In time, Soo Bahk Do absorbed the more effective and finer aspects of the other existing martial arts, such as Tack Kyun Bop, Yu Sul, Kung Fu, Japanese Karate, and emerged as Tang Soo Do. Today's Tang Soo Do is recognised as the most effective of the martial arts and when used correctly for defensive purposes is unrivalled by any other forms. From 1945 to this day, Tang Soo Do has spread all over the world.

 

According to the associations records, 32 countries are teaching Tang Soo Do. Also, the Association has produced 18,000 black belt members ranking to the eighth dan. The major countries where Tang Soo Do is being taught are Korea, United States, England, Greece, Thailand, Malaysia, Formosa, even Japan. (Tae Kwon Do branches were not counted in this statistic). The Association estimates over 200,000 Tang Soo Do students are under the Tang Soo Do Association.

The creation of Tae Kwon Do as the new name of the Korean Martial Arts.

Throughout the Korean war (1950-1953), the martial art was tested in actual combat across the valleys of the Korean peninsula. During the war, Korean military leaders, politicians and martial arts promoters were very surprised to learn that from battle to battle, overall victories were won by Tang Soo Do trained soldiers. Due to the nature of the Communist guerrilla tactics as well as the lack of armoury supplies, the soldiers were forced in hand to hand combat, with one man against ten. This being a usual circumstance, not a rarity. This so pleased the military leaders and the President of the Republic of Korea, Syngman Rhee, that he realised how valuable Tang Soo Do skill was in battle and ordered that all soldiers must train in Tang Soo Do as well as drill.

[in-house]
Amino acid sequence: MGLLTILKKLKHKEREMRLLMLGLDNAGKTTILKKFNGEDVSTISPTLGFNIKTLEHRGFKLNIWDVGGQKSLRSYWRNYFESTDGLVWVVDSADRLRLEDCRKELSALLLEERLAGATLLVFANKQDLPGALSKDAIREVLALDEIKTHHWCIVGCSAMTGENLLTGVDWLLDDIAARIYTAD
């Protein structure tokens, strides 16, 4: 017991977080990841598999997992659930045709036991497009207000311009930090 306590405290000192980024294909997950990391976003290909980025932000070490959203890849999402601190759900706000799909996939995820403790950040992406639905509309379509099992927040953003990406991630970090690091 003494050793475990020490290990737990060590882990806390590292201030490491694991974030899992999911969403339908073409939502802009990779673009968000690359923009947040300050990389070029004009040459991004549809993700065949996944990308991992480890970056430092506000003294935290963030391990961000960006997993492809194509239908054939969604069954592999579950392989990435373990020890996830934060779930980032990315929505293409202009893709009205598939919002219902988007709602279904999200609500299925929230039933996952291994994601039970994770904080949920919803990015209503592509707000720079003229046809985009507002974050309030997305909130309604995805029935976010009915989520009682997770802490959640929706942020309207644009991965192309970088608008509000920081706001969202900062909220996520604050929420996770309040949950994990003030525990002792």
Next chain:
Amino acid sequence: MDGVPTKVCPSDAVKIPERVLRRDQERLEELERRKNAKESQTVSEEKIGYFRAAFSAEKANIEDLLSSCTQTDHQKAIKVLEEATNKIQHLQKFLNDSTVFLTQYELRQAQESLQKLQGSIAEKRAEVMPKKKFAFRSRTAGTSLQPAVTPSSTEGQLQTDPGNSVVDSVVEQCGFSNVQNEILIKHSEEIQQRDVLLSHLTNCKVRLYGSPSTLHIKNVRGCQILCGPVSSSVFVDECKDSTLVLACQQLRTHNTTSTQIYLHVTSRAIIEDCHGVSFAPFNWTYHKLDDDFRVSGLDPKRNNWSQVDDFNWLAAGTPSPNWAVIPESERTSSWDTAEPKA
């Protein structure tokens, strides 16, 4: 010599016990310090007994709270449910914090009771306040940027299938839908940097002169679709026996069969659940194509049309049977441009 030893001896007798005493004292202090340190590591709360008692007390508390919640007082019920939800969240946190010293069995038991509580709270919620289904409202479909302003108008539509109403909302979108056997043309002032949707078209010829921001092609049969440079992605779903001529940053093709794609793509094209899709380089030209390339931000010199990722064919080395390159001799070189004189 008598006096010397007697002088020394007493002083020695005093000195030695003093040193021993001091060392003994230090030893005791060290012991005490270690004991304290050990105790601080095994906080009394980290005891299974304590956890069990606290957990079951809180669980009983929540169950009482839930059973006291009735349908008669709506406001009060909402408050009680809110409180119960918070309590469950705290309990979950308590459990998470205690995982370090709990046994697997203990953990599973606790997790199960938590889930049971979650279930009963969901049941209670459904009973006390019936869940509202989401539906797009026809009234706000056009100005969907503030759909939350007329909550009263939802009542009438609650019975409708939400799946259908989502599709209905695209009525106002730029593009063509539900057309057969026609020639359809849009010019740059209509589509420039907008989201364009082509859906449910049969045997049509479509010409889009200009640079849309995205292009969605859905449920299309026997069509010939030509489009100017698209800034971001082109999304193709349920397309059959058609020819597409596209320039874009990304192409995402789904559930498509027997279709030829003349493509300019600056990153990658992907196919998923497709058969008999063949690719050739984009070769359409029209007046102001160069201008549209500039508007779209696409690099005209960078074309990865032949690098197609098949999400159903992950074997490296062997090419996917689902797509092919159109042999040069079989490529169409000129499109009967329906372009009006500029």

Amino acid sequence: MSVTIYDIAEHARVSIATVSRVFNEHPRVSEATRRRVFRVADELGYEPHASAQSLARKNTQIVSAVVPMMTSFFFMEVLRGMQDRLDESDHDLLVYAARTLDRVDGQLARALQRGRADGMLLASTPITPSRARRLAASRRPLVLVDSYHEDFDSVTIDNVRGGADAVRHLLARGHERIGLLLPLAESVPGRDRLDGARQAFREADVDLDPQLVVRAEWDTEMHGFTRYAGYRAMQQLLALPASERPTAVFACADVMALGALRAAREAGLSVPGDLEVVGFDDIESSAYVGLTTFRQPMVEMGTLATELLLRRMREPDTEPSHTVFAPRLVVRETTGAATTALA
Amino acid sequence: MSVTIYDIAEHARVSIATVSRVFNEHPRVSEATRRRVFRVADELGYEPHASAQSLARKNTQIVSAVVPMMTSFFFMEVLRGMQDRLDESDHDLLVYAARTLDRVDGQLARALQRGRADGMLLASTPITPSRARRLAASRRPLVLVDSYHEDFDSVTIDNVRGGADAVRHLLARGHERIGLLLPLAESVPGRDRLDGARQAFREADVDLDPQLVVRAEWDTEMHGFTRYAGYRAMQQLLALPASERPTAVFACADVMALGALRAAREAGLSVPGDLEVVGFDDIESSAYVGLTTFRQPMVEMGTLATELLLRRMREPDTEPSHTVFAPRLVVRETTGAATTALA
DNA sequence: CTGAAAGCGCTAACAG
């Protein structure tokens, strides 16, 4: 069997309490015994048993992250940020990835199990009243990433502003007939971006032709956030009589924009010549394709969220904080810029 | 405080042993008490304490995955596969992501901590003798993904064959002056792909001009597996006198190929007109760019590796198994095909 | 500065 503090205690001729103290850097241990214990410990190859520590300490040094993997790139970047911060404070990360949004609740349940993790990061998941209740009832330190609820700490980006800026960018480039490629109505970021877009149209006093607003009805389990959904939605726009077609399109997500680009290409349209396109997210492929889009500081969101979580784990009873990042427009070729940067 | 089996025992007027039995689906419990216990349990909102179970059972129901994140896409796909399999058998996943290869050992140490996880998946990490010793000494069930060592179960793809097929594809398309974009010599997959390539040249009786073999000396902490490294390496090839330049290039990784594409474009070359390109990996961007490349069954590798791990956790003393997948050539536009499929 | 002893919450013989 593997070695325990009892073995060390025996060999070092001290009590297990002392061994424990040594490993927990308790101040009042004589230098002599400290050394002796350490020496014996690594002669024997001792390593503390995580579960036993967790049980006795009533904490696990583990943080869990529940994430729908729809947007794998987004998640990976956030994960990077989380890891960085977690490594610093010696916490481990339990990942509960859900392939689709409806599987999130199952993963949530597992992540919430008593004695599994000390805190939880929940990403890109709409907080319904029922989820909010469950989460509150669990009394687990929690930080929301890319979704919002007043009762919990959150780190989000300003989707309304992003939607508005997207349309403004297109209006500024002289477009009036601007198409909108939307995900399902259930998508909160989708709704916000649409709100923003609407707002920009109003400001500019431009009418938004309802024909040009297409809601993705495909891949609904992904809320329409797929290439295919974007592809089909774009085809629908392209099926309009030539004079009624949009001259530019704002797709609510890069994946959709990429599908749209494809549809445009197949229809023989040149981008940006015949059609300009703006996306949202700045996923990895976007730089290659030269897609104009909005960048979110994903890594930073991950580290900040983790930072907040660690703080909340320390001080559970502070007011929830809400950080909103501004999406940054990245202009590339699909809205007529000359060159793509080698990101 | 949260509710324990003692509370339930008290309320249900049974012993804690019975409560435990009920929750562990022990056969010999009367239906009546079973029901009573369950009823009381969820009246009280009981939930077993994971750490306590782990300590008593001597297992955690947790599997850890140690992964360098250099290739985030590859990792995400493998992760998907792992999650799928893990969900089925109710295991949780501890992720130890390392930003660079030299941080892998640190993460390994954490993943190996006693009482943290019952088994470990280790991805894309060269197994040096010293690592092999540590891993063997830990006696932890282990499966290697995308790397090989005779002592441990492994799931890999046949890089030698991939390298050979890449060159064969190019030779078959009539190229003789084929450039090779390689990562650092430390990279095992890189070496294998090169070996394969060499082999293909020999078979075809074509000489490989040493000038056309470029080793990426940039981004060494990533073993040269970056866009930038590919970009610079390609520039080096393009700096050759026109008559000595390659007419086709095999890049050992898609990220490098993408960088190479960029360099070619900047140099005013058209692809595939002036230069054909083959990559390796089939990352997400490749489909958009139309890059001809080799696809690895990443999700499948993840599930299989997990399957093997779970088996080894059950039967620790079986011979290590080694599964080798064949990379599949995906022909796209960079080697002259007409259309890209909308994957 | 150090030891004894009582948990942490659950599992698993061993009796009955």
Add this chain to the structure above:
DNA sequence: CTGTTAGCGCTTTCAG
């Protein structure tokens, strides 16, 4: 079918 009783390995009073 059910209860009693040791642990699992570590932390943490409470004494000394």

Not only was combat skill emphasised but mental conditioning as well. The code of Tang Soo Do - loyalty to the country, never retreat in battle, in killing choose with sense and honour; these traditional mental principals were commendable and valuable at that time.

 

In 1955, a research group was formed to study the martial art and give it a new name. The group was comprised of archaeologists, historians, masters of the martial arts and scholars. They suggested the name Tae Kwon Do which derived from Tack Kyun and means; Tae, to kick or strike with the feet, Kwon refers to punching with the hand or fist or knuckles, Do means way or method of life and philosophy. However, the new name did not appeal to the conservative Tang Soo Do practitioners at that time. Because of the flourishing popularity there were many sectors of the martial arts in Korea and all sectors called their own names, that is a leading name Tang Soo Do and Kong Soo Do, Hwa Soo Do, Tack Kyun, Kwon Bop and so on.